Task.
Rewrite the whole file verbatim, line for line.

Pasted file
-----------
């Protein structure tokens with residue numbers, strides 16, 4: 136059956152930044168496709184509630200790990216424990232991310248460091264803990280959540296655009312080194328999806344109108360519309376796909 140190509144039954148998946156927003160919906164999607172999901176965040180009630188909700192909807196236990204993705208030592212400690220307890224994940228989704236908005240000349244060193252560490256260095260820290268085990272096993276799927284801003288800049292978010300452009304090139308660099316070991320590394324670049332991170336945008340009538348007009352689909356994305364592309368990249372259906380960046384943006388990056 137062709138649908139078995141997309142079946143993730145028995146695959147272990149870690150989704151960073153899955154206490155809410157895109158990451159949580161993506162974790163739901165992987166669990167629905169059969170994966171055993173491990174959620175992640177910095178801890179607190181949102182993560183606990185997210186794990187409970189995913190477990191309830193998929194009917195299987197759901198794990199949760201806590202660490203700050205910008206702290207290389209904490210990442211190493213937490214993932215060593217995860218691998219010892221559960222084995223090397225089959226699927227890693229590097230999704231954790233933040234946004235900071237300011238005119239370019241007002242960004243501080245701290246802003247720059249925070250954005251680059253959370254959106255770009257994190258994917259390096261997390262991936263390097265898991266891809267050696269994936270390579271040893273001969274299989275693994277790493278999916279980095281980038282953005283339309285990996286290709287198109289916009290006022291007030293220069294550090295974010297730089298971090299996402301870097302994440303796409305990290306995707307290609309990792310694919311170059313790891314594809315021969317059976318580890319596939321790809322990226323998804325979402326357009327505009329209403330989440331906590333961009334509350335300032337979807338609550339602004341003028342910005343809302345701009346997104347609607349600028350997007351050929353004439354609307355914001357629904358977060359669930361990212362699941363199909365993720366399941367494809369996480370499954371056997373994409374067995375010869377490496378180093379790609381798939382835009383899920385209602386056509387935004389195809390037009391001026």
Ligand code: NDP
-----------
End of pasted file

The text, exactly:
């Protein structure tokens with residue numbers, strides 16, 4: 136059956152930044168496709184509630200790990216424990232991310248460091264803990280959540296655009312080194328999806344109108360519309376796909 140190509144039954148998946156927003160919906164999607172999901176965040180009630188909700192909807196236990204993705208030592212400690220307890224994940228989704236908005240000349244060193252560490256260095260820290268085990272096993276799927284801003288800049292978010300452009304090139308660099316070991320590394324670049332991170336945008340009538348007009352689909356994305364592309368990249372259906380960046384943006388990056 137062709138649908139078995141997309142079946143993730145028995146695959147272990149870690150989704151960073153899955154206490155809410157895109158990451159949580161993506162974790163739901165992987166669990167629905169059969170994966171055993173491990174959620175992640177910095178801890179607190181949102182993560183606990185997210186794990187409970189995913190477990191309830193998929194009917195299987197759901198794990199949760201806590202660490203700050205910008206702290207290389209904490210990442211190493213937490214993932215060593217995860218691998219010892221559960222084995223090397225089959226699927227890693229590097230999704231954790233933040234946004235900071237300011238005119239370019241007002242960004243501080245701290246802003247720059249925070250954005251680059253959370254959106255770009257994190258994917259390096261997390262991936263390097265898991266891809267050696269994936270390579271040893273001969274299989275693994277790493278999916279980095281980038282953005283339309285990996286290709287198109289916009290006022291007030293220069294550090295974010297730089298971090299996402301870097302994440303796409305990290306995707307290609309990792310694919311170059313790891314594809315021969317059976318580890319596939321790809322990226323998804325979402326357009327505009329209403330989440331906590333961009334509350335300032337979807338609550339602004341003028342910005343809302345701009346997104347609607349600028350997007351050929353004439354609307355914001357629904358977060359669930361990212362699941363199909365993720366399941367494809369996480370499954371056997373994409374067995375010869377490496378180093379790609381798939382835009383899920385209602386056509387935004389195809390037009391001026």
Ligand code: NDP